Full-time police officers completed a survey comprising validated psychometric scales to assess autonomous, controlled and amotivated forms of motivation (Treatment Self-Regulation Questionnaire), behavioural adherence (Self-reported Treatment Adherence Scale) and beliefs (Safety Attitude Questionnaire) with respect to injury prevention behaviours.
Results
There were 207 participants; response rate was 87%. Hierarchical multiple regression analyses demonstrated that autonomous motivation was positively related to behavioural adherence, commitment to safety and prioritizing injury prevention. Controlled motivation was a positive predictor of safety communication barriers. Amotivation was positively associated with fatalism regarding injury prevention, safety violation and worry.
Conclusions
These findings are consistent with the tenets of self-determination theory in that autonomous motivation was a positive predictor of adaptive safety beliefs and adherence to injury prevention behaviours.



Mortality from multiple sclerosis in British military personnel

2017-06-20

Abstract
Background
While analysing trends in occupational mortality in England and Wales, we noticed an unexpectedly elevated proportion of deaths from multiple sclerosis (MS) among men in the armed forces.
Aims
To document and explore possible explanations for the observed excess.
Methods
We analysed data on underlying cause of death and last full-time occupation for 3688916 deaths among men aged 20–74 years in England and Wales during 1979–2010, calculating proportional mortality ratios (PMRs) standardized for age. We compared PMRs for MS in the armed forces with those for each main social class, and in selected other occupations. We also compared PMRs for MS with those for motor neurone disease (MND).
Results
The overall PMR for MS in the armed forces during 1979–2010 was 243 (95% CI 203–288). The excess was apparent in each of three separate decades of study (PMRs, ranging from 220 to 259), and across the entire age range. PMRs for MS were not elevated to the same extent in comparator occupations, nor in any of the main social classes. There was no parallel increase in PMRs for MND.
Conclusions
These findings suggest that the high proportional mortality from MS in British military personnel is unlikely to have occurred by chance, or as an artefact of the method of investigation. However, the only military cohort study with published results on MS does not support an increased risk. It would be useful to analyse data on MS from other established military cohorts, to check for evidence of a hazard.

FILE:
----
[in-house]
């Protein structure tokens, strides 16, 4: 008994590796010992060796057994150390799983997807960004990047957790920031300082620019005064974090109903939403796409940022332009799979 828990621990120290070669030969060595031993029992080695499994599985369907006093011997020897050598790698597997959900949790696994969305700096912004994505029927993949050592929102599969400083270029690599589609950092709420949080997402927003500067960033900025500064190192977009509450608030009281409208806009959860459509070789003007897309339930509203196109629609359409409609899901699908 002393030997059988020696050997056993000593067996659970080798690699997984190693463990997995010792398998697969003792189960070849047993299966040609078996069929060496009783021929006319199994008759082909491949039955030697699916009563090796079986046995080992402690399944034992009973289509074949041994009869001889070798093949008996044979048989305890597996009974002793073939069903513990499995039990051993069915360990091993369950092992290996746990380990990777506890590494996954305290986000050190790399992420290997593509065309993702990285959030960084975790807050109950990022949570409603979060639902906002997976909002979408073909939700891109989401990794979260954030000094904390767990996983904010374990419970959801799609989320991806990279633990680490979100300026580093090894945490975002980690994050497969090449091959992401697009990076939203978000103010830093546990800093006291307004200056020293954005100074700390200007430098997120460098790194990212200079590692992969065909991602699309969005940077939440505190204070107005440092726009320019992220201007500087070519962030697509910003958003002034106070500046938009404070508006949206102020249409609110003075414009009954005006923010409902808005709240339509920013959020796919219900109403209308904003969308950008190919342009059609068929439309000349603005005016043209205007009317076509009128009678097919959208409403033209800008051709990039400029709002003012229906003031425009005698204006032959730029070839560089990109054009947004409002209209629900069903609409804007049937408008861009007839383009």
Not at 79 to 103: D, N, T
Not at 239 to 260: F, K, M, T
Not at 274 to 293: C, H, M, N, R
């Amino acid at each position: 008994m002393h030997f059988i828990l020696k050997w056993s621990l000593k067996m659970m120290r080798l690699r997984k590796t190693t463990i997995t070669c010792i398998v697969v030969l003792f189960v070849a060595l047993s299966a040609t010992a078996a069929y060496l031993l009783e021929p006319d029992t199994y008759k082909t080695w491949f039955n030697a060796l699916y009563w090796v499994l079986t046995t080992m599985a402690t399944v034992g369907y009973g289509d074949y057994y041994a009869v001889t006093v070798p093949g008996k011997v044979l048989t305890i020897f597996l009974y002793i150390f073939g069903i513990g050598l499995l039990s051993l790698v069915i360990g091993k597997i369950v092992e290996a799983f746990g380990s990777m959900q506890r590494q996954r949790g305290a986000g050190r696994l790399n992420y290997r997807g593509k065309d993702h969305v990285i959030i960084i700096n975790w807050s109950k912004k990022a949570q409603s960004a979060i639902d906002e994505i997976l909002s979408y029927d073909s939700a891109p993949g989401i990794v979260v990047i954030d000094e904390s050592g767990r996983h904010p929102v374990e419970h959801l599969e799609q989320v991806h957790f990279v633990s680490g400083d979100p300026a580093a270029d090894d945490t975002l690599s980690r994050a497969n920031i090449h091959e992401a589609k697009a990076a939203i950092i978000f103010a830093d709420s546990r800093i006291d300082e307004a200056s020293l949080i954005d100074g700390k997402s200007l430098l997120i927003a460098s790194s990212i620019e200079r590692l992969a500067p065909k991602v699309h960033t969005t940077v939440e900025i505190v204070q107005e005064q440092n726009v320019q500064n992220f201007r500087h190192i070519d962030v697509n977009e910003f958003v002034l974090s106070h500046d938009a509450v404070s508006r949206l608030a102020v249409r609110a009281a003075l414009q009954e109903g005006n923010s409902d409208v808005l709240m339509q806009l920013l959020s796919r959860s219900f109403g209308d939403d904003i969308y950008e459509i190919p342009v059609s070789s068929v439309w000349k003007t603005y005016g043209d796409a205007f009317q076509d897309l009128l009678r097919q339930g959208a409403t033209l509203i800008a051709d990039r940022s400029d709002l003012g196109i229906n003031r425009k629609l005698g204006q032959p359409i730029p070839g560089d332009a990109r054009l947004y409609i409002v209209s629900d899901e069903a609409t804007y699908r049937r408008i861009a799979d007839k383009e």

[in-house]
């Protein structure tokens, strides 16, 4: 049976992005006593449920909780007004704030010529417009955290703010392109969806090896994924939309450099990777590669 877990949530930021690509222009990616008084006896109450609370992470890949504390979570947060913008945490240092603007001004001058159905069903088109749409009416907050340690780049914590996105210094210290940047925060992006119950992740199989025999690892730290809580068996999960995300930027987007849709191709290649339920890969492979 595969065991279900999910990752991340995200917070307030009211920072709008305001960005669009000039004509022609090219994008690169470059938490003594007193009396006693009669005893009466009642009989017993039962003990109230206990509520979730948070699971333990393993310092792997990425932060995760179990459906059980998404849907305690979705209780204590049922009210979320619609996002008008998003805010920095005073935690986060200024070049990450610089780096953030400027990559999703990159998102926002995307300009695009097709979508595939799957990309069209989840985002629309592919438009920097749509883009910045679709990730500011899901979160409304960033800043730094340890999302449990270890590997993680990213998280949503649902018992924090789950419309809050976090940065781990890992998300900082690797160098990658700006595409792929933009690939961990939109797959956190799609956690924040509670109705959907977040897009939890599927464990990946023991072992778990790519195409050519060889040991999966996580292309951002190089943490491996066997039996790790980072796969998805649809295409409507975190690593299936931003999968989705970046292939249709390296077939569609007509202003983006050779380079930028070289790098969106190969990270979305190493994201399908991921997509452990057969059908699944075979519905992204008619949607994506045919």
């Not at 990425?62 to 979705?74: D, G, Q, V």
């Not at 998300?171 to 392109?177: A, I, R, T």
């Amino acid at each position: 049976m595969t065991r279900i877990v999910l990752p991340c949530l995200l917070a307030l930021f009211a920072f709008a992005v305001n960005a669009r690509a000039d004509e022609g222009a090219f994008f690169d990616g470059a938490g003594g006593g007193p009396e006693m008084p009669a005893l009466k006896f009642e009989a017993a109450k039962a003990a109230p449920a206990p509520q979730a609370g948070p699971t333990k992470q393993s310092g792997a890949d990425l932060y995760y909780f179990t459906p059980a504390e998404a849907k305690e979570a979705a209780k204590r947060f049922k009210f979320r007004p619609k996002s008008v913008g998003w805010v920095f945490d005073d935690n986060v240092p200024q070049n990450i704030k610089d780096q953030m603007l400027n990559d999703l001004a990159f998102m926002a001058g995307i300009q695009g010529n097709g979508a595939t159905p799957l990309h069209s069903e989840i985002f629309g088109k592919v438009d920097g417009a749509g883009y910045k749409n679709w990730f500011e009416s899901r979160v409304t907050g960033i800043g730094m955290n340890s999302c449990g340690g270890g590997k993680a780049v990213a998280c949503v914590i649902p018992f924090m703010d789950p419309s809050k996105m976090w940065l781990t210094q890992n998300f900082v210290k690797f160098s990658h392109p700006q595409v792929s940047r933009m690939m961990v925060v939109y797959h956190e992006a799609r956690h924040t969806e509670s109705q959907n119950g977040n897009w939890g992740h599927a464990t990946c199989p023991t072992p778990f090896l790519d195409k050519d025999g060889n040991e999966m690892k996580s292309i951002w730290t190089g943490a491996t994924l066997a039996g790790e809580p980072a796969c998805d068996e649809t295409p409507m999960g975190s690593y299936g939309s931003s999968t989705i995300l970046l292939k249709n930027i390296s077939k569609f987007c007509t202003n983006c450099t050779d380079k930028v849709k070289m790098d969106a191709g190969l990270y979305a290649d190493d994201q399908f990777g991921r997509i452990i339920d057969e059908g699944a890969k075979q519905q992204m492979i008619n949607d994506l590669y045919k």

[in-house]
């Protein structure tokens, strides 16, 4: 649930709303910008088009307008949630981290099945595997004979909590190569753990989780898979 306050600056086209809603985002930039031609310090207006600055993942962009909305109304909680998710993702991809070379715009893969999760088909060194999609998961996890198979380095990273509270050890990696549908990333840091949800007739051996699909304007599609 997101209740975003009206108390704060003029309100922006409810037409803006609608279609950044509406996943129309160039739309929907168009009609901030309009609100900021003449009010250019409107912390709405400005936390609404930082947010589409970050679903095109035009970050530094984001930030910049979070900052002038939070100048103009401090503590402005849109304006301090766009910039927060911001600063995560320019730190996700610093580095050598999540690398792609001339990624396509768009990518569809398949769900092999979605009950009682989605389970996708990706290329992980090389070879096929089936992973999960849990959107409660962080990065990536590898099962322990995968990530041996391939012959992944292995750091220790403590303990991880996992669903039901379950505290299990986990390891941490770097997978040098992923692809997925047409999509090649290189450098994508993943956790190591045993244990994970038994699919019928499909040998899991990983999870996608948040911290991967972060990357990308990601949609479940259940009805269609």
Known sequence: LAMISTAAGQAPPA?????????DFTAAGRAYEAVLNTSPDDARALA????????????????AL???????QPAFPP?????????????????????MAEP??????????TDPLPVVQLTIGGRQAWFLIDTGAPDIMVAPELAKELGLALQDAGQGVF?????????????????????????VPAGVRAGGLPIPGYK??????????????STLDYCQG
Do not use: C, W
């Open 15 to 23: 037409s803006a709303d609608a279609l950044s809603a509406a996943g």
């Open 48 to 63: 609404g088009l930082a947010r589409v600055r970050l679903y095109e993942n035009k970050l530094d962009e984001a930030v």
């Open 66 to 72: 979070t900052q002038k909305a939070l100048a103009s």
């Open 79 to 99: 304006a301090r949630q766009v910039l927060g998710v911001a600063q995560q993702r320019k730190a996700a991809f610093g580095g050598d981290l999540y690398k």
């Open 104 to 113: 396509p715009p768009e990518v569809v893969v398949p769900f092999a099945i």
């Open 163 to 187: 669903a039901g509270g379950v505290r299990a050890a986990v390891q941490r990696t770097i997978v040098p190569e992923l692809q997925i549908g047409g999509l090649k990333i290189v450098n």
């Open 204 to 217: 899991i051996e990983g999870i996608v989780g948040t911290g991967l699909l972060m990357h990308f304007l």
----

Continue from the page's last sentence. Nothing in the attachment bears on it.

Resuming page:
Designing smartphone mental health applications for emergency service workers

2017-05-23

Abstract
Background
Emergency service workers are often exposed to trauma and have increased risk of a range of mental health (MH) conditions. Smartphone applications have the potential to provide this group with effective psychological interventions; however, little is known about the acceptability and preferences regarding such initiatives.
Aims
To describe the preferences and opinions of emergency service workers regarding the use of smartphone MH applications and to examine the impact of age on these preferences.
Methods
Participants were recruited from four metropolitan Fire and Rescue NSW stations and responded to questionnaire items covering three key domains: current smartphone use, potential future use and preferences for design and content as well as therapeutic techniques.
Results
Overall, approximately half the sample (n = 106) claimed they would be interested in trying a tailored emergency-worker MH smartphone application. There were few differences between age groups on preferences. The majority of respondents claimed they would use an app for mental well-being daily and preferred terms such as ‘well-being’ and ‘mental fitness’ for referring to MH. Confidentiality, along with a focus on stress, sleep, exercise and resiliency were all considered key features. Behavioural therapeutic techniques were regarded most favourably, compared with other therapies.
Conclusions
Emergency workers were interested in utilizing smartphone applications focused on MH, but expressed clear preferences regarding language used in promotion, features required and therapeutic techniques preferred.



Temporary work and depressive symptoms in South Korean workers

2017-05-09

Abstract
Background
In many countries, including South Korea, labour market changes have led to an increase in unstable, temporary jobs. There is evidence that workers in such jobs may experience poorer mental health than those in more stable employment.
Aims
To investigate the association between temporary employment and depressive symptoms in South Korean workers.
Methods
We analysed data from the 2010–2014 Korean Welfare Panel Study (KOWEPS). Employment type was categorized into workers paid per day of labour (day labourers), those on short-term contracts (fixed-term workers) and permanent workers. The association between employment type and depressive symptoms, measured using the Center for Epidemiological Studies Depression scale (CES-D 11), was examined using the generalized estimating equation model.
Results
A total of 3756 workers aged 20–59 were included in the 2010 baseline population. Day labourers had the highest mean CES-D 11 score, followed by fixed-term workers and permanent workers. With the day labourer group as reference, fixed-term workers (β: −1.5027, P < 0.001) and permanent workers (β: −2.1848, P < 0.001) showed statistically significant decreases in depression scores.
Conclusions
Compared with day labourers, fixed-term workers and permanent workers had progressively lower depression scores. The findings of this study suggest that mental health inequalities based on employment type exist in South Korea.